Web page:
News

Year in Review No. 3: Civic Theatre reborn

ABOVE: In his vintage usher outfit, Josh Wapp became the face of the campaign to save the Civic Theatre. His image also appeared as a cardboard cutout. BELOW: Nelson Squash Club vice-president Pat Hodgson and Kootenay Climbing Association president Shawn Tasker wanted to jointly transform the theatre into a multi-sport athletic club. - ABOVE: Bob Hall photo BELOW: Greg Nesteroff photo
ABOVE: In his vintage usher outfit, Josh Wapp became the face of the campaign to save the Civic Theatre. His image also appeared as a cardboard cutout. BELOW: Nelson Squash Club vice-president Pat Hodgson and Kootenay Climbing Association president Shawn Tasker wanted to jointly transform the theatre into a multi-sport athletic club.
— image credit: ABOVE: Bob Hall photo BELOW: Greg Nesteroff photo

Part of the Star’s look back at the top stories of 2012.

At the start of the year, things looked bleak for Nelson’s Civic Theatre. Closed for more than a year and in a state of chaos after a would-be operator failed to complete renovations, it didn’t look like anyone was willing to clean up the mess.

But then a group stepped forward with a creative plan: the Gravity Climbing Centre lost their longtime home when their building sold. The squash club was also looking for new digs. They teamed up on a proposal to turn the theatre into a multi-purpose sports facility, dubbed the Nelson Downtown Athletic Club, which would have squash courts, a climbing gym, and other space.

“We’re both struggling to find permanent homes,” squash club vice-president Pat Hodgson said. “We think the Civic Theatre fits the bill perfectly.”

Although he knew the city’s preference was to keep the Civic a movie theatre, he pointed out their idea was at no direct cost to taxpayers. They pitched the idea to council shortly before it put out a formal request for proposals. But while the club received positive feedback, movie buffs weren’t quite ready to give up.

“Our family loves movies,” said Cindy Sherry, who spearheaded a last-ditch effort to save the theatre. “I was very frustrated with having to drive to Castlegar to see a movie when we have a theatre here.”

Sherry began gathering support for a non-profit society to screen films. More than 60 people turned out for the initial meeting in April.

“It was getting down to the wire so somebody had to come forward and draw all those romantic film buffs out of the woodwork,” Sherry said.

Local artist Josh Wapp collected signatures in a bright red usher’s uniform. “I thought this might get some attention,” he said. “The response has been overwhelming.”

The group received over 4,000 names in two months.

By the May 31 proposal deadline, the group had examined a business model and the renovations required. They pegged start-up costs at $430,000, to be paid through society memberships, sponsorship drives, donations, and grants.

The city gave the group four months to do a feasibility study — but that put the Downtown Athletic Club in a difficult position.

“We are certainly disappointed with the route council decided to go, but not necessarily surprised,” Pat Hodgson said.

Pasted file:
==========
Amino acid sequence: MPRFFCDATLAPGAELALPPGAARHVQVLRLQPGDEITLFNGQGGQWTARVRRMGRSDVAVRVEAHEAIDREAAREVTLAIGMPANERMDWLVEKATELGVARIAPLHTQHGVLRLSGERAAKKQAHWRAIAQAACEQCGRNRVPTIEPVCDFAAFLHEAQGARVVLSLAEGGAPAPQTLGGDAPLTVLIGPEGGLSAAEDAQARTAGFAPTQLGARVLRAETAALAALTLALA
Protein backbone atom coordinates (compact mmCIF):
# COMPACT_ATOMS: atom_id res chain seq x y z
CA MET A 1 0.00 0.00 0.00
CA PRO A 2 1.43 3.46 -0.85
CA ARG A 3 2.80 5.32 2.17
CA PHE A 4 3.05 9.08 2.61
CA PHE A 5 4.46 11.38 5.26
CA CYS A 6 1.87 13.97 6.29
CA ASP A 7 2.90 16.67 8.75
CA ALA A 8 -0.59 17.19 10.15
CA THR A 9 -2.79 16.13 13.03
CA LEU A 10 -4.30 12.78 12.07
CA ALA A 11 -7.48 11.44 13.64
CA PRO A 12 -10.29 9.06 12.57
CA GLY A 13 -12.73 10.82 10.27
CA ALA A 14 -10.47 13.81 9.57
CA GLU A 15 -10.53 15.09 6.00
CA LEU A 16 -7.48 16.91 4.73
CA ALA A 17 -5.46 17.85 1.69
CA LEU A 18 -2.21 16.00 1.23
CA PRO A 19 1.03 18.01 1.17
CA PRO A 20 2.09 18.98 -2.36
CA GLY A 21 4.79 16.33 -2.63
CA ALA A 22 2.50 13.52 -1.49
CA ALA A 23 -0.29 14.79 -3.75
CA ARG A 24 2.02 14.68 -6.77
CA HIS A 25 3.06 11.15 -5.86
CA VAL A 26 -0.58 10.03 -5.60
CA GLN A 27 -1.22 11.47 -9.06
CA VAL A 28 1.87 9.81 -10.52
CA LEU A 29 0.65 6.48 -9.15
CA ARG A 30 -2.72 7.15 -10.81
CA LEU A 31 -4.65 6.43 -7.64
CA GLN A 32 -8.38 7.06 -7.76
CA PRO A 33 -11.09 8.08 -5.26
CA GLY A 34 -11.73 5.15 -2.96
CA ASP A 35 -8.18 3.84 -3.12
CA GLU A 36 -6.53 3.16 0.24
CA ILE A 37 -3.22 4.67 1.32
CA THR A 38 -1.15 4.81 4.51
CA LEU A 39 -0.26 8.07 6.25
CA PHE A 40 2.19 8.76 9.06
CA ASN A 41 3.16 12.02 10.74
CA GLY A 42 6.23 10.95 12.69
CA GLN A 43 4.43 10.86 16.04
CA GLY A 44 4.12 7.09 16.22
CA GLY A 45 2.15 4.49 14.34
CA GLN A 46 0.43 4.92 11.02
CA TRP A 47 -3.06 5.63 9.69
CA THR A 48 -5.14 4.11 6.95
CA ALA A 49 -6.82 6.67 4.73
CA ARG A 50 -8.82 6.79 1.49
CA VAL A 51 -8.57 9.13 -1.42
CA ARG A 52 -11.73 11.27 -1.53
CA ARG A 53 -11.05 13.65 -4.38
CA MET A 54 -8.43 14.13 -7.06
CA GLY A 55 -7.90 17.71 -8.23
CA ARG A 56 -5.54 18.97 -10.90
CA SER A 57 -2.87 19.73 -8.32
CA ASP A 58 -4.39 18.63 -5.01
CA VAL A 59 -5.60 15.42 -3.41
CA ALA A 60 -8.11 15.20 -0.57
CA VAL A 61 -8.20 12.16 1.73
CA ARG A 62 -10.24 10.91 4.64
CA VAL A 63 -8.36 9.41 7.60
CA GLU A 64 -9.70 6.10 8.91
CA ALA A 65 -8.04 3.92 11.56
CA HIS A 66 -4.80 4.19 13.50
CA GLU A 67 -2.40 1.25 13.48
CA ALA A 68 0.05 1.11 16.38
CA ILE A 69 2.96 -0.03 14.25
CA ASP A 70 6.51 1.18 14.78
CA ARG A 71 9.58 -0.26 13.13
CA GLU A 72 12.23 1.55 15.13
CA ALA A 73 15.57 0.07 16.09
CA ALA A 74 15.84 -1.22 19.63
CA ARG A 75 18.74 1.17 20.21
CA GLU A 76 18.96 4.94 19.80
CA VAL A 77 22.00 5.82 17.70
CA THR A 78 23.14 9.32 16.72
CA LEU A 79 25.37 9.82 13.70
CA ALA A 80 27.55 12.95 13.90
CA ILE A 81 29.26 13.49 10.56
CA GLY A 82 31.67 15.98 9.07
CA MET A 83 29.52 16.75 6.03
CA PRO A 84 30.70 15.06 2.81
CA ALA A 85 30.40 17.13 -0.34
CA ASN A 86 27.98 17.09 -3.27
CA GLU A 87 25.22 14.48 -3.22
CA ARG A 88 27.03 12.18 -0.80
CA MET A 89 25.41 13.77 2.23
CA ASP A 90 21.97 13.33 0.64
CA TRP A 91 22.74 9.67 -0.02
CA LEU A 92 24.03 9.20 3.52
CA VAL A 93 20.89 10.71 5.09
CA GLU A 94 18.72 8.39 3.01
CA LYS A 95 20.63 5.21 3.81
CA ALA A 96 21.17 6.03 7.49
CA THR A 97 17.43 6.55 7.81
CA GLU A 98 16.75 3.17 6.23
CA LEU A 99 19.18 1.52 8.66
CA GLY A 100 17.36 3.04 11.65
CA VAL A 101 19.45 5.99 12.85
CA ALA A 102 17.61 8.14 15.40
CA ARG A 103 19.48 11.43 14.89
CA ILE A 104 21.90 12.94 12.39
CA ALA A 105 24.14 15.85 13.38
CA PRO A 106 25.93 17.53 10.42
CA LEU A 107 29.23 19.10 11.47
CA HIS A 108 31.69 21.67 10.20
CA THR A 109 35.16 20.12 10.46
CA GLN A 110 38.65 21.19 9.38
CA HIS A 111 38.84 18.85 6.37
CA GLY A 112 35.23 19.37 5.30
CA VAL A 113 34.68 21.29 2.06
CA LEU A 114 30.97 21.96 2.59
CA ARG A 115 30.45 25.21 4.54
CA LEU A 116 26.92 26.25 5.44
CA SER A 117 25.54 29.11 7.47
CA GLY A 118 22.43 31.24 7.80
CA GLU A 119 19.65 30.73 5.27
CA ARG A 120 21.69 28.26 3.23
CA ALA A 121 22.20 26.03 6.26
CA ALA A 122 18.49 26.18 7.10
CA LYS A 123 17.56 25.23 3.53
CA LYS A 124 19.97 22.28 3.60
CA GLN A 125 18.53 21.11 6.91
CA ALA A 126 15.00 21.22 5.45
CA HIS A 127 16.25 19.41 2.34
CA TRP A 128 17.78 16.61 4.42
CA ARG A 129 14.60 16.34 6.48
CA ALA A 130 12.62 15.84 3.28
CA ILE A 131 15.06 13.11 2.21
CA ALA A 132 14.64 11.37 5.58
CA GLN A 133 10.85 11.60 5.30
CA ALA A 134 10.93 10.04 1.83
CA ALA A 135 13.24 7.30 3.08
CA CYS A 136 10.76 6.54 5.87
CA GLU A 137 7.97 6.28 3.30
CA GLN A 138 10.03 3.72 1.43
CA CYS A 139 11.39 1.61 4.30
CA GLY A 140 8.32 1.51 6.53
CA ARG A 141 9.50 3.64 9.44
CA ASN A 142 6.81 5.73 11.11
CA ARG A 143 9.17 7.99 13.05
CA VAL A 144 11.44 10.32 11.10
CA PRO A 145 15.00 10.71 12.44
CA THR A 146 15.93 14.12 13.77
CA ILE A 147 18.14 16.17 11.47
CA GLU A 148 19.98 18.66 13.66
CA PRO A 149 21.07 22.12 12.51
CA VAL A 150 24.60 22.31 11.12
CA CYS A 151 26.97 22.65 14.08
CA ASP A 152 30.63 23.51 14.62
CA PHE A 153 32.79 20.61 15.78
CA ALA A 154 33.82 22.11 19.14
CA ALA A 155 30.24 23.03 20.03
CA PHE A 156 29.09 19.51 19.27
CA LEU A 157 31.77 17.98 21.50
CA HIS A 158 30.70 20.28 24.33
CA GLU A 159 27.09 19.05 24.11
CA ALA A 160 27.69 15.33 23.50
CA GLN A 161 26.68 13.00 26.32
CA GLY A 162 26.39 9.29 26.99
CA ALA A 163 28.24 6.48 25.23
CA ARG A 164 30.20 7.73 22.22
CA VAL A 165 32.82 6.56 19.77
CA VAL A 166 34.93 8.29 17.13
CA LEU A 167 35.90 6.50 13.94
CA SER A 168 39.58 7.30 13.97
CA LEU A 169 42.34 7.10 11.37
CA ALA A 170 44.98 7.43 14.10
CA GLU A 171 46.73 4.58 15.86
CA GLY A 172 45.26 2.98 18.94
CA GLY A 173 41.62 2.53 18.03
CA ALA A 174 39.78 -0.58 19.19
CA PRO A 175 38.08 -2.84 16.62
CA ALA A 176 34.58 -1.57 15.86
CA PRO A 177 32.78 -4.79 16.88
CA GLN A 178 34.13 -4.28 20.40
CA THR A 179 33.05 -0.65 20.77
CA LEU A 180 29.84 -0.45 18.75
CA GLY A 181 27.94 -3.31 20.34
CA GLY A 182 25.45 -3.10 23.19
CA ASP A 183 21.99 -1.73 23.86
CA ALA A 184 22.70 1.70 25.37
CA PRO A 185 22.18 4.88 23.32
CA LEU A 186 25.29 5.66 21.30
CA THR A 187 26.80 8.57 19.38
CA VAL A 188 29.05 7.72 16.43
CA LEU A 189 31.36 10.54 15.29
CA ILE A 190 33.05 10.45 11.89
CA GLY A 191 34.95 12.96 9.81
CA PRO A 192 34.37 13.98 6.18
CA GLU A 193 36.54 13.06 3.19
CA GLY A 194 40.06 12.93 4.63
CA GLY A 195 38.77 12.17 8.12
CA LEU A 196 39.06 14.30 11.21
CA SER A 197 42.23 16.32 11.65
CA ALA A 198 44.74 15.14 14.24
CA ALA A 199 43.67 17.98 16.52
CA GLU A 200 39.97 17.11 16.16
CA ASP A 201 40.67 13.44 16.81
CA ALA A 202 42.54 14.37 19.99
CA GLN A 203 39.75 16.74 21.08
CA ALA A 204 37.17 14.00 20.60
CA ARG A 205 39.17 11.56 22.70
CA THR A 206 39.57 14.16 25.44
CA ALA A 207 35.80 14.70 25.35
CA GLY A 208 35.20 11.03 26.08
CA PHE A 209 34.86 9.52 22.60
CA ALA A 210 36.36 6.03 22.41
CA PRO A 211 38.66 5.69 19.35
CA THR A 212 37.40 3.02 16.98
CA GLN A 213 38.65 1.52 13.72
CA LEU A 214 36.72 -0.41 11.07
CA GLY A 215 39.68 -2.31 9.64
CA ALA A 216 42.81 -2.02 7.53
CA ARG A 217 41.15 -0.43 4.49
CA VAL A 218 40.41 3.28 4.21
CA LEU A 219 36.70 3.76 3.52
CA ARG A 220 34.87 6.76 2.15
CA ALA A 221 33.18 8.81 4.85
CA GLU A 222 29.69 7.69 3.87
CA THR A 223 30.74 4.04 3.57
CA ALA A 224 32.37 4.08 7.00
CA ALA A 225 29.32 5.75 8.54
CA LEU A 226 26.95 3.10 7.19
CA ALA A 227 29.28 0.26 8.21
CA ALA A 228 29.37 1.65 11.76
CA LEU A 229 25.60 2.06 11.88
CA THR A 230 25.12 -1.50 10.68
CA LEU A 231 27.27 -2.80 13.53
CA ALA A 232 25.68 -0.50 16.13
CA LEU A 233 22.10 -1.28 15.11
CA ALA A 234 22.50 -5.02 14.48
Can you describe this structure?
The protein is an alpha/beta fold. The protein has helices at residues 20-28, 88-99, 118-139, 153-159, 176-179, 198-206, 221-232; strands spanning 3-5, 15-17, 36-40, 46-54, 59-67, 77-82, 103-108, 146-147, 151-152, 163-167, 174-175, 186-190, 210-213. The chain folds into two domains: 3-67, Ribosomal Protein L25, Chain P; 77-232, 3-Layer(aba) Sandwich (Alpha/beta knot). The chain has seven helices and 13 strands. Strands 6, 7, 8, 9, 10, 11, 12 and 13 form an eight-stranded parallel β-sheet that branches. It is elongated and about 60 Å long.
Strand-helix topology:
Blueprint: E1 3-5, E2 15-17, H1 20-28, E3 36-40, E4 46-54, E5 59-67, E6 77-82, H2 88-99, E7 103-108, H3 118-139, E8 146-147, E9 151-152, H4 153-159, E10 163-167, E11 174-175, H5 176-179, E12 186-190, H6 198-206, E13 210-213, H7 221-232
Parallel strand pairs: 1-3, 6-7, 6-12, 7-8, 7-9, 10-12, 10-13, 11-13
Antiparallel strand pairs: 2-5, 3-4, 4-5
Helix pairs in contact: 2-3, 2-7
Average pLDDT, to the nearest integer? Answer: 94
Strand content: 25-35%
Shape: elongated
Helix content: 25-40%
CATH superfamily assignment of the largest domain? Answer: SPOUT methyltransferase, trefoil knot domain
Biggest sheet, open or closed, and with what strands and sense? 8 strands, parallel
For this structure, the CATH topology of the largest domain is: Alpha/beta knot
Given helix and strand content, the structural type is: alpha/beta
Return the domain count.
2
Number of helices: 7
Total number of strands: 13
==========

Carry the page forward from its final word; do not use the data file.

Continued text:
One business owner used stronger language. Ed Olthof told council he was “appalled” with their process, which he felt was predisposed to one outcome. But city manager Kevin Cormack explained the athletic club proposal was “unsolicited” — and the request for proposals was for a movie theatre only.

By the time the theatre society submitted its fleshed-out proposal in October, it had raised $27,000 through the sale of over 1,200 memberships.

It presented two options to re-open the theatre: start with a single screen and add two more later or spend more time and money to start with two screens and then add a third. The society’s preference was the latter.

Both had a price tag of $2.7 million, but the society explained that was a high-end estimate, and it could be done for less using volunteer labour.

Soon after, council signed a letter of intent to lease the space to the theatre society.

“I think [the society] did a great job,” said Mayor John Dooley. “It was a very thorough plan and clearly council and I feel they deserve an opportunity to make it work.”

The society says the first film could be screened as early as February using the old projector and sound system, following a massive clean-up this month.

“We recognize the community would like to see things sooner rather than wait for a full renovation so we’re figuring out how to do that,” said president Anne DeGrace.

An official open house will take place in January after more work has been completed.

“The thing about the theatre is that it’s for everybody,” DeGrace said. “People have really fond memories of the Civic Theatre. It’s always engaged people and been part of their lives.”

The Downtown Athletic Club, although frustrated the city didn’t give their proposal equal weight, applauded the theatre group’s efforts and has been looking at other options.

We encourage an open exchange of ideas on this story's topic, but we ask you to follow our guidelines for respecting community standards. Personal attacks, inappropriate language, and off-topic comments may be removed, and comment privileges revoked, per our Terms of Use. Please see our FAQ if you have questions or concerns about using Facebook to comment.

You might like ...

Federal budget hikes tobacco tax, sets up surplus
 
Haunted Halloween house helps the hungry
 
Upcoming forums aim to connect voters and candidates
Teacher strike cheques in the mail
 
Difficult birth for LNG cash cow
 
Flu season may be early this year
Who says no free ride
 
Event has Penticton on a roll
 
Timeless bonds of friendship

Community Events, October 2014

Add an Event

Read the latest eEdition

Browse the print edition page by page, including stories and ads.

Oct 30 edition online now. Browse the archives.